Tom Hibbert, the individual responsible for introducing eccentricity to Smash Hits, has caused controversy by disrespecting Ringo Starr and investigating Margaret Thatcher.

Tom Hibbert, the individual responsible for introducing eccentricity to Smash Hits, has caused controversy by disrespecting Ringo Starr and investigating Margaret Thatcher.


In January of 1985, the Smiths are preparing to release their politically charged album, Meat Is Murder. The NME article from December 1984 gives a sneak peek into the album with the sincere inquiry, “Instead of writing about oneself in general terms, your latest songs seem to focus on specific situations…” Morrissey’s influence has led to a rise in vegetarianism among students nationwide. This issue is treated with great gravity.

In Smash Hits, Tom Hibbert’s initial inquiry to the singer is, “What is the issue with you?” Hibbert speculates that Moz’s constant fatigue could be attributed to his vegetarian diet’s “daily consumption of yogurt and bread.” He interrogates him about his idols’ eating habits and the food he provides for his cat, and concludes by posing the hypothetical question, “If you were to pass away tomorrow and meet Colonel Sanders from Kentucky Fried Chicken in heaven, what would you say to him?” Morrissey suggests a kick in the groin. Hibbert notes that this is a trick question: “You should have responded that Colonel Sanders would not be in heaven.”


This Q&A, focused on a single issue, serves as a perfect example of the Hibbert approach. In the 1980s and 1990s, he employed a religious dedication to facts and utilized absurdism in order to deflate pretentiousness. He also used these techniques to determine whether celebrities were aware of their fortunate circumstances. Surprisingly mundane questions often led to revealing answers, such as asking what color Tuesday was. At times, he would not even ask questions, instead choosing to sit back and smoke while his interviewees squirmed and gave away more information than intended. His writing style often utilized a conspiratorial language, reminiscent of PG Wodehouse and Geoffrey Willans’ Molesworth but with a touch of psychedelic flair. Despite the seemingly frivolous subject matter of teen pop music, Hibbert’s writing attracted a generation of devoted readers who appreciated his serious approach to a genre that is often not taken seriously.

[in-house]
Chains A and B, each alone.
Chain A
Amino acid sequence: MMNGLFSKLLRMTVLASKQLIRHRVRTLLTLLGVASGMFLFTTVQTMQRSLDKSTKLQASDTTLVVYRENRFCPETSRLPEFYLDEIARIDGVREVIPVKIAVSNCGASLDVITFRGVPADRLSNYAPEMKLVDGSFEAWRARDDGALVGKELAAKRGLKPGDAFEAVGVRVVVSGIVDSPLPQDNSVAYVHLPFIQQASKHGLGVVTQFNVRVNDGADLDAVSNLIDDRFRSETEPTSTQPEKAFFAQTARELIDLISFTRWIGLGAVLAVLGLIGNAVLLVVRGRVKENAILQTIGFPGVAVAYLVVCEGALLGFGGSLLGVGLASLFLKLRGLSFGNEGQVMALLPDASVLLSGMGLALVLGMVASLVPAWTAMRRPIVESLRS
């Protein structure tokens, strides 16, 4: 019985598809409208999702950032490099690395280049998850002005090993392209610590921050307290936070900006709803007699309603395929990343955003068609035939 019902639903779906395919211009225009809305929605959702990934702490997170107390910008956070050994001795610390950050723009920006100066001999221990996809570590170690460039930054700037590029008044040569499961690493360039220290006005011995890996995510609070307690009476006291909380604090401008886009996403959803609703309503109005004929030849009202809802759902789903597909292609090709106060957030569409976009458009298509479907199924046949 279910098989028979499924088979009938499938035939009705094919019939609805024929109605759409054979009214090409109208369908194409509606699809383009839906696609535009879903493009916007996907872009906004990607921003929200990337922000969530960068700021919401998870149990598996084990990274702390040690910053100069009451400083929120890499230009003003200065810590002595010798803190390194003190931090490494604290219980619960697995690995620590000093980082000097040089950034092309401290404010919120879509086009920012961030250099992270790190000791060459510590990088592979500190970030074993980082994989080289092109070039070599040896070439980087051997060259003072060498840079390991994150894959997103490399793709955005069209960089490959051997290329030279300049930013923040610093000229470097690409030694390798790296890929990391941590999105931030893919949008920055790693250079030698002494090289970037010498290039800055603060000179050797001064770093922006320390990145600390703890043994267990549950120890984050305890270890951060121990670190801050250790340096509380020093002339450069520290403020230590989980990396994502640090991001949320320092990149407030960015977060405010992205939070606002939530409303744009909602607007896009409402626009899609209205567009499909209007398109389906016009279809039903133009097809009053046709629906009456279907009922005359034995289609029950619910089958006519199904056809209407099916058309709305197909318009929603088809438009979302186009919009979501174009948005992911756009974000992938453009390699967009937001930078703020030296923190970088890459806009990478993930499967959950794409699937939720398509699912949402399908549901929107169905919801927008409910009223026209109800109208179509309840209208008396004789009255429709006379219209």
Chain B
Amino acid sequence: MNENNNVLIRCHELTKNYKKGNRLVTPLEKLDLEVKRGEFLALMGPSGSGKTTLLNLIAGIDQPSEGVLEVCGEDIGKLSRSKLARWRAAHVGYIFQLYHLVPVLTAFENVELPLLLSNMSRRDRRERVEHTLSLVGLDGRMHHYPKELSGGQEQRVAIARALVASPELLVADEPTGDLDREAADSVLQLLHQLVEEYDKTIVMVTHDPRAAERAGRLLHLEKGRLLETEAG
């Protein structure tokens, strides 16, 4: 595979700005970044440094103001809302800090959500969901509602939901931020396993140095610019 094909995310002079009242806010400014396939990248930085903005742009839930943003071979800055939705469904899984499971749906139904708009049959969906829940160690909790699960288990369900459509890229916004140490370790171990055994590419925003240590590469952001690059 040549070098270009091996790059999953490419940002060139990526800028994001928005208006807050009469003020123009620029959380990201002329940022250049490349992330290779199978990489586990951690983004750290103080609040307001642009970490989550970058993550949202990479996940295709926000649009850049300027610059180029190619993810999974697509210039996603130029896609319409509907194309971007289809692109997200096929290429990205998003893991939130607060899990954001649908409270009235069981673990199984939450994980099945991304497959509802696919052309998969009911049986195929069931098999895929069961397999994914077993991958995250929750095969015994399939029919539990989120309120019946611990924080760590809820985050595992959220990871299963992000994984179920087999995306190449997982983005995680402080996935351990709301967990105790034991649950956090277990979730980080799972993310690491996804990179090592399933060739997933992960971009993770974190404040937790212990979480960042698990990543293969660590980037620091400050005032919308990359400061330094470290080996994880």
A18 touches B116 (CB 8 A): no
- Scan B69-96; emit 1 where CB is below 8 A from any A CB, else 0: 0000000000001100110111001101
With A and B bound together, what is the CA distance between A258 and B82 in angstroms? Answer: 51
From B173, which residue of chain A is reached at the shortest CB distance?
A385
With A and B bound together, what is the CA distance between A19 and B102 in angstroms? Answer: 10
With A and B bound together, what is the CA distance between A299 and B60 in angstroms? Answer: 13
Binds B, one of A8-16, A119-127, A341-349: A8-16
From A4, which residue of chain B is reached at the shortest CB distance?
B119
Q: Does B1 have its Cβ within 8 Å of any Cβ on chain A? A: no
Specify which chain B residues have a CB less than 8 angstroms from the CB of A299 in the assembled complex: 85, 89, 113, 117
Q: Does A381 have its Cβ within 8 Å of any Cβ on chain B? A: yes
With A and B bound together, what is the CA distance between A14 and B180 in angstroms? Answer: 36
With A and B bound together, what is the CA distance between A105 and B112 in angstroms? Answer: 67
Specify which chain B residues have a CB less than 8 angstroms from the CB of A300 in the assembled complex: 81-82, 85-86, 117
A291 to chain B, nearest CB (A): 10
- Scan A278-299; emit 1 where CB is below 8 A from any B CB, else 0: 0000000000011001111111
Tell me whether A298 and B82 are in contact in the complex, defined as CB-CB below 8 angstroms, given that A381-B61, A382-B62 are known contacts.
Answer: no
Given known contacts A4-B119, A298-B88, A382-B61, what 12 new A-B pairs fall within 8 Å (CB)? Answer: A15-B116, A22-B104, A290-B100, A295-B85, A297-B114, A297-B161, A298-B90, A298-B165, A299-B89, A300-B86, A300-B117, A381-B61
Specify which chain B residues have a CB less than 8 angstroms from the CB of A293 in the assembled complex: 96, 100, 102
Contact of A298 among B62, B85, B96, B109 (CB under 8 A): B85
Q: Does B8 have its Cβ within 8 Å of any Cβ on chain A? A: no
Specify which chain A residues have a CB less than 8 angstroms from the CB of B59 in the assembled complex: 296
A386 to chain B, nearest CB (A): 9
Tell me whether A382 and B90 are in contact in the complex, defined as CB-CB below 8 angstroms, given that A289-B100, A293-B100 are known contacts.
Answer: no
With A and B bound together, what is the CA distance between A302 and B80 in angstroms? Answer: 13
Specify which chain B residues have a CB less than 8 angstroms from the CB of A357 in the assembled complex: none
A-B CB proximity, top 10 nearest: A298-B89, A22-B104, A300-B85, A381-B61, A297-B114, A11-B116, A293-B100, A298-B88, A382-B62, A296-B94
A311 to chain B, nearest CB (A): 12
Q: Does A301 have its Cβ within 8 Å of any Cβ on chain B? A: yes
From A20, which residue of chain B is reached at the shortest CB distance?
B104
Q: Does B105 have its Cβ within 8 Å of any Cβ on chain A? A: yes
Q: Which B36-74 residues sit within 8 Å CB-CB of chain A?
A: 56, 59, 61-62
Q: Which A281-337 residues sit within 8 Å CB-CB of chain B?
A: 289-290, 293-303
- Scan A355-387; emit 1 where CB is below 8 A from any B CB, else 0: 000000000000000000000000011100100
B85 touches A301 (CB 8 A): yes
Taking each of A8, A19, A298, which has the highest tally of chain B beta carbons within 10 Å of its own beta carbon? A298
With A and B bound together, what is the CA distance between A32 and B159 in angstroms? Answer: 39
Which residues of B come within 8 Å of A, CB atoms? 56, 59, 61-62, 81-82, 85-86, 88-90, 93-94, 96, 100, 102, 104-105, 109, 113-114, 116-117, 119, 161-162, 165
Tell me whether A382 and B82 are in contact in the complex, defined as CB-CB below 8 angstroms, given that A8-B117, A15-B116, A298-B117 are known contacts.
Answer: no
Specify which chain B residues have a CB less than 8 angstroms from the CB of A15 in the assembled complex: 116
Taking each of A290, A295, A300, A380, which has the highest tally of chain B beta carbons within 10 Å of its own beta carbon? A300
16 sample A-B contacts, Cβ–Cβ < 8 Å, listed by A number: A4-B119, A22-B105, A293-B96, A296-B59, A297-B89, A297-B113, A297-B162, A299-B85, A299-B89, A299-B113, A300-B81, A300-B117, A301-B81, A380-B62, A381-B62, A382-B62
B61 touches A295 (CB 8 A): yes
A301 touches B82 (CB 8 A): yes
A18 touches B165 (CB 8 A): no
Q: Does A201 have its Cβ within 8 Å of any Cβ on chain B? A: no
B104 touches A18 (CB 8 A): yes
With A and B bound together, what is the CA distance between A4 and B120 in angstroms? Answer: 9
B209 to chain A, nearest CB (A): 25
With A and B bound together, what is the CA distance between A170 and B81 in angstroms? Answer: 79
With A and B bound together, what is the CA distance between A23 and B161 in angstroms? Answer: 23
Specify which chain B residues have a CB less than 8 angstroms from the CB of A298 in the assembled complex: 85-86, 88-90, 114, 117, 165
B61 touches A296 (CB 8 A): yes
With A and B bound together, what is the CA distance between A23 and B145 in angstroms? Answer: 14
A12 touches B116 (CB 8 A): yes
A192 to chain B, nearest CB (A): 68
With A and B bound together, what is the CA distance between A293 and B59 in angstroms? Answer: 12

Hibbert’s absence may have resulted in the absence of Popworld, Popjustice, and the Guardian Guide (may it rest in peace). However, his ability to expose illusions of grandeur may have contributed to the PR-driven crackdown that took the fun out of celebrity journalism once he was finished with it. (Ringo Starr stormed out of one of Hibbert’s interviews, outraged that “this is a true legend in front of you”). Almost 13 years after his passing at 59, his impact remains prevalent. Mark Ellen, a friend, colleague, and co-founder of Q, recalls, “I was listening to the Today programme the other day and Amol Rajan used a phrase coined by Tom Hibbert when describing a political story – ‘… and it all went horribly wrong!'”

Pet Shop Boys on the cover of Smash Hits in 1986.